Plus, though they may not carry any life-threatening diseases, a lot of people are allergic to them. Soldier ants are no strangers to biting when they feel threatened. The bites aren’t too painful, but if they get infected, they can trigger a rash and skin inflammation.
This is why you should take action the moment you notice any ants in your bathroom. If you allow the critters to spread, they could cause some hefty property damage you’ll have to pay a pretty sum to fix.
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Cockroaches are one of the most common types of pests found in the average American home. These brown, oval menaces most frequently infest bathroom pipes, sneak in via windows, or crawl into your home through drains. Though you’re most likely to find them in your kitchen, it’s also not uncommon for them to mill around your bathroom.
This is because bathrooms offer plenty of water, moldy growth for them to feed on, and a steady supply of warmth to help them survive the winter. Usually, roaches move around in groups of between 1‒40. While this may not seem bad, it’s a huge issue when you consider how quickly they can reproduce.
Females can lay clutches of about 128 eggs, which can take just 28 days to hatch. So, spotting just one of these suckers likely means you already have a nasty infestation.
The second reason roaches are such dangerous parasites is their ability to transmit illnesses. Roaches survive on a steady diet of rotten food and often move around areas infested with feces. Therefore, their skins are hotbeds for dangerous pathogens like salmonella, cholera, dysentery, and even typhoid fever! In other words, they are the last thing you want crawling all over your towels and toothbrush.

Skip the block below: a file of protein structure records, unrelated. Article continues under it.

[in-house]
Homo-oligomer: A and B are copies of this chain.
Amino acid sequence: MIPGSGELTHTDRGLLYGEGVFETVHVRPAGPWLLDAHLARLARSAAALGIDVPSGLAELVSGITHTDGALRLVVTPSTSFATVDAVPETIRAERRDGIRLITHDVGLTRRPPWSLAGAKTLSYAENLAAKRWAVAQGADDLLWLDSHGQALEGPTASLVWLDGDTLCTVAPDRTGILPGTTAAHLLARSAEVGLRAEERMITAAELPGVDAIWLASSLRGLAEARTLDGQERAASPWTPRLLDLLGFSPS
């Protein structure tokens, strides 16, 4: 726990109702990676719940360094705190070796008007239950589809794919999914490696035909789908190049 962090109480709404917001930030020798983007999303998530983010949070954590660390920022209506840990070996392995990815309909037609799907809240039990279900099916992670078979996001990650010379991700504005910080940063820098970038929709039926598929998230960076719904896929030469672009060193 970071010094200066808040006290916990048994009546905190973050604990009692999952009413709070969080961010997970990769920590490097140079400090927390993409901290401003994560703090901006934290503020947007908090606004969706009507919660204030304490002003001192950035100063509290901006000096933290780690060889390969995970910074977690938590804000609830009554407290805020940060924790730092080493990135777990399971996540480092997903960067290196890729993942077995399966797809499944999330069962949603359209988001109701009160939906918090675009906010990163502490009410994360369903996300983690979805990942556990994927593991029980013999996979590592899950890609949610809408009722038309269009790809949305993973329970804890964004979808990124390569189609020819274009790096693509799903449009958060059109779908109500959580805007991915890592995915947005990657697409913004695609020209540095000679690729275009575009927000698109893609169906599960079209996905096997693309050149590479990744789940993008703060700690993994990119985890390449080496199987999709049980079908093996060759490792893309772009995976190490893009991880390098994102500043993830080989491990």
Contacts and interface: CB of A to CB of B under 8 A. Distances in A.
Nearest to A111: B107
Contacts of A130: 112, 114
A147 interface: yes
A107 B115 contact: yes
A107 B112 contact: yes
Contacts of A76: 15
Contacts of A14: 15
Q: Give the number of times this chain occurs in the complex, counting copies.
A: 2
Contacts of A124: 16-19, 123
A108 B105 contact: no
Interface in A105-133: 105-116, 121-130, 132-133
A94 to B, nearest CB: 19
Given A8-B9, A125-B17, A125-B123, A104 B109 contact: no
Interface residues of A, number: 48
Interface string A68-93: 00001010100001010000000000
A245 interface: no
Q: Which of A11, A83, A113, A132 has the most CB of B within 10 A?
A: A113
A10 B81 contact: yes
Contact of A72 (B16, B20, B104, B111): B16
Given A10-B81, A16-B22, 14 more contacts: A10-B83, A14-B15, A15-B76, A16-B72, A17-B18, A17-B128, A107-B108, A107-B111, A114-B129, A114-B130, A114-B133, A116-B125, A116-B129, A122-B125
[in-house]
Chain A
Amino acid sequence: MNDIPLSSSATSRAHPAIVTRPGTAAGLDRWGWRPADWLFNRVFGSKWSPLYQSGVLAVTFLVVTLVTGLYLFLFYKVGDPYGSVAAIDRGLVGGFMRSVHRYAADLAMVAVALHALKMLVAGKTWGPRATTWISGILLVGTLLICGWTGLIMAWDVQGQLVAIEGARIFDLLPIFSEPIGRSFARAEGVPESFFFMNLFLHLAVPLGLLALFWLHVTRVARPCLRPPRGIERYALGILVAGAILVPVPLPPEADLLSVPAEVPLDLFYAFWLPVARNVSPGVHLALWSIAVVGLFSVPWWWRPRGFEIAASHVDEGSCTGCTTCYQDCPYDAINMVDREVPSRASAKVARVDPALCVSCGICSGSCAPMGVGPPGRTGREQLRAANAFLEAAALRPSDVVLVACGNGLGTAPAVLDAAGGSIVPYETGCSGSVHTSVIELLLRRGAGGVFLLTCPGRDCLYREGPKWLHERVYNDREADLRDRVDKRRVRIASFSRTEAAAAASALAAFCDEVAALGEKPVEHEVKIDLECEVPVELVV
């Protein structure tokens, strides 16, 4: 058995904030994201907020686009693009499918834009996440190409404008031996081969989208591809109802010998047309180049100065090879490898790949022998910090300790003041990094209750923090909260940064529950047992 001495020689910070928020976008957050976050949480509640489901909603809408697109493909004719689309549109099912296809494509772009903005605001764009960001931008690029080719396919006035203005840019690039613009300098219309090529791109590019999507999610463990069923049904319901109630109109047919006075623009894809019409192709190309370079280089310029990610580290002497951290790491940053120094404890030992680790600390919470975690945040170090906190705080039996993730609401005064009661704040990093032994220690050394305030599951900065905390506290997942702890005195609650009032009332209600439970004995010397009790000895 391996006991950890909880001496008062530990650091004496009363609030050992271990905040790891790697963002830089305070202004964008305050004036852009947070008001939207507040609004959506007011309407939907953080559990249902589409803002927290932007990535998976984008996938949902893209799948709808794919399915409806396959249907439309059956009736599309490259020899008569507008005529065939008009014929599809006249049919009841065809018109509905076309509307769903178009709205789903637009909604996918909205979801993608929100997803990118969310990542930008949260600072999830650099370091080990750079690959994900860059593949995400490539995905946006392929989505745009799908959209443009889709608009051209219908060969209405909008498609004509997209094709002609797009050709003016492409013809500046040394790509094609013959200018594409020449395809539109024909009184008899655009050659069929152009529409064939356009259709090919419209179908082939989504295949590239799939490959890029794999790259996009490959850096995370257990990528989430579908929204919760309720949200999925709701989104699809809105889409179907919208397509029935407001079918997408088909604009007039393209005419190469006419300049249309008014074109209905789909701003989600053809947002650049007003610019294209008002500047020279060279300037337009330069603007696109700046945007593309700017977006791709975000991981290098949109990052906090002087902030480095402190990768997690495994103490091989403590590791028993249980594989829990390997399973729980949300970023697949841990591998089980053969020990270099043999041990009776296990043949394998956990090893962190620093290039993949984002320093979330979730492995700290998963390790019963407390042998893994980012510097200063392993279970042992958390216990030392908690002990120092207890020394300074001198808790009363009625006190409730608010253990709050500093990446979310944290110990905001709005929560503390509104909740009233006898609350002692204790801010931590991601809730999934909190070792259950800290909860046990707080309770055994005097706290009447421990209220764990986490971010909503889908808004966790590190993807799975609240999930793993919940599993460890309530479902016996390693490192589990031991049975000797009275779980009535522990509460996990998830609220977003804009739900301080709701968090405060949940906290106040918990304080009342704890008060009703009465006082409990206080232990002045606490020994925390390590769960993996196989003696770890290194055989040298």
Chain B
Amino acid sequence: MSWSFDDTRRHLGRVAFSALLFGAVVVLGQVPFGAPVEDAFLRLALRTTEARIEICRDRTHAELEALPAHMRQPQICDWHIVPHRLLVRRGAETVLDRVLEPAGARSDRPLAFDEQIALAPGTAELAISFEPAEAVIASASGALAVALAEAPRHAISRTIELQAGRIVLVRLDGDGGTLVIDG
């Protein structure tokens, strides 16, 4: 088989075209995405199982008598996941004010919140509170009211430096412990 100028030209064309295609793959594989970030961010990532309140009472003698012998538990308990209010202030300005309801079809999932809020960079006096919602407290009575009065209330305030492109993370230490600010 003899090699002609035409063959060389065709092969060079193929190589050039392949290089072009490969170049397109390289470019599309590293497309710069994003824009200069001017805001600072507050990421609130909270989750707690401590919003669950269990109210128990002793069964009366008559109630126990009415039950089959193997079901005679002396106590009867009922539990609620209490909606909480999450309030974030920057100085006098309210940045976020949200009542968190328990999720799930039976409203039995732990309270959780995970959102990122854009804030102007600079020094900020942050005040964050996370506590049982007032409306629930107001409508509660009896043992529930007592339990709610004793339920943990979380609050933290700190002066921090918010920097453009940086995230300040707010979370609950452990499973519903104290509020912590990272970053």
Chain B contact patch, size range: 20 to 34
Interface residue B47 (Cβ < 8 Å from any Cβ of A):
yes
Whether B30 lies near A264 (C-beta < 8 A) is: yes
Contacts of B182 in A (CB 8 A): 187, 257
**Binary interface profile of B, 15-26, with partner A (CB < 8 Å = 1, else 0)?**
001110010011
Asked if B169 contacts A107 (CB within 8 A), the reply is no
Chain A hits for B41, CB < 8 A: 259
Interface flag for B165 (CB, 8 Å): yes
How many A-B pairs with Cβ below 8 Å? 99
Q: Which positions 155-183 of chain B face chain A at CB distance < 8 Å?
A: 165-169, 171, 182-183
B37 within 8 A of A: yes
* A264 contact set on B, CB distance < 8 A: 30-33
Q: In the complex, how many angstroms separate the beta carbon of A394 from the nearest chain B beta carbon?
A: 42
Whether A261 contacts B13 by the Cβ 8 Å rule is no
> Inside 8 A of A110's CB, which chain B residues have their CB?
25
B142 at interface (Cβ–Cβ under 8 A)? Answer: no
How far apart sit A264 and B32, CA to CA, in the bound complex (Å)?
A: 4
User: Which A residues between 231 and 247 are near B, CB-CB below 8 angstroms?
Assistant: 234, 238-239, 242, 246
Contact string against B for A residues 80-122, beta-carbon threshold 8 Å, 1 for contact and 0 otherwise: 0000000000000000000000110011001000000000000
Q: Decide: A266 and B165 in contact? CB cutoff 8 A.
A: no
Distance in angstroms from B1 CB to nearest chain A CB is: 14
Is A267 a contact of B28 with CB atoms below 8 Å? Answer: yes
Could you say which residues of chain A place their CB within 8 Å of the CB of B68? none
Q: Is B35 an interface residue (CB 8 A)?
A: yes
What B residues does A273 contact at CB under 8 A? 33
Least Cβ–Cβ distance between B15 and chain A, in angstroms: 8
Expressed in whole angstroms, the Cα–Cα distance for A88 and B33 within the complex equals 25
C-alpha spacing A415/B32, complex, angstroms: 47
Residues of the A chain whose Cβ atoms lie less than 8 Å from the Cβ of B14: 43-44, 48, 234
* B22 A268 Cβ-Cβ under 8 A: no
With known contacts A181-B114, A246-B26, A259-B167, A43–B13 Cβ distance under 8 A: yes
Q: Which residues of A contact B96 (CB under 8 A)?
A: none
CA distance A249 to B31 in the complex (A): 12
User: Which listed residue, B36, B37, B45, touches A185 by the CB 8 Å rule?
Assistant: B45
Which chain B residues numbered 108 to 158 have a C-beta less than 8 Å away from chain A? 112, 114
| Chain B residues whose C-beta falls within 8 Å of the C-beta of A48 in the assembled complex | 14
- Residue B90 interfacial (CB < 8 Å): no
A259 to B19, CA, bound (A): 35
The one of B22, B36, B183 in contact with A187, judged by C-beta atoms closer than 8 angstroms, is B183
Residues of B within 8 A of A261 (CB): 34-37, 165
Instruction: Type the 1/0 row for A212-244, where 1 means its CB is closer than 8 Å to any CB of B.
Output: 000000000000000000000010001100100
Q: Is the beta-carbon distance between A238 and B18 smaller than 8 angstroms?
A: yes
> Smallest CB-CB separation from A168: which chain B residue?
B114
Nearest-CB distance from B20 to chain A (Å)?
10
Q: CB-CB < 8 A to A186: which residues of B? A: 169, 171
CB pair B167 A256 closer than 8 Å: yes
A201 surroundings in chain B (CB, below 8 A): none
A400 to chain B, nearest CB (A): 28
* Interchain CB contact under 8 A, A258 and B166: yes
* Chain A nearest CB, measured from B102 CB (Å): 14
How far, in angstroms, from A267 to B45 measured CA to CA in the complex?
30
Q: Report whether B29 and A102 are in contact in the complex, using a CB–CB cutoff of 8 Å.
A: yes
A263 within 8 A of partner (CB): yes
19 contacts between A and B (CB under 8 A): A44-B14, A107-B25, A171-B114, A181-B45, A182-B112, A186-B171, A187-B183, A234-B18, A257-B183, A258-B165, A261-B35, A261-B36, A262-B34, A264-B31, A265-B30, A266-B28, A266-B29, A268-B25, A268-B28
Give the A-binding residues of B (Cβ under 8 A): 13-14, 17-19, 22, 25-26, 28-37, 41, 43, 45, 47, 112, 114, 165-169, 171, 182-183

Consequently, if you spot just one cockroach, take care of it immediately. These parasites are incredibly difficult to kill, so early action is vital for keeping your home infestation-free.
Arachnophobia is the most common type of phobia in the world. Between 3‒15% of the world’s population report being deathly afraid of spiders. On the one hand, this is somewhat understandable. Spiders look like something straight out of your worst nightmare. However, the truth is that most of them are completely harmless.
You may be surprised to know that having a spider in your home can be beneficial. House spiders feed on various invasive insect species like mosquitos and flies. So, if you don’t bother them, they will act as your very own home pest control. Plus, by eating mosquitos, roaches, fleas, and flies, they help stop the spread of life-threatening illnesses like malaria and Lyme disease.
With that being said, not all spiders are benign. Depending on where you live, you could find some pretty dangerous species squatting in your bathroom. The brown recluse, the black widow, and the hobo are three of the most common species of venomous spiders in the United States. Just one bite from any of them is enough to cause serious pain and, in rare cases, even lead to death.
Therefore, in case a particularly scary spider has taken up residence somewhere in your bathroom, be sure to get rid of it ASAP!
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You may have seen these tiny brownish insects buzzing around your bathroom and mistook them for tiny flies. However, they’re an entirely different species of insect called gnats. They’re a pretty common house parasite you’ll find around your kitchen or near the trash can since they feed on decomposing food. Nevertheless, they’re also pretty common in bathrooms since they’re attracted to damp, moldy areas with rotting woodwork.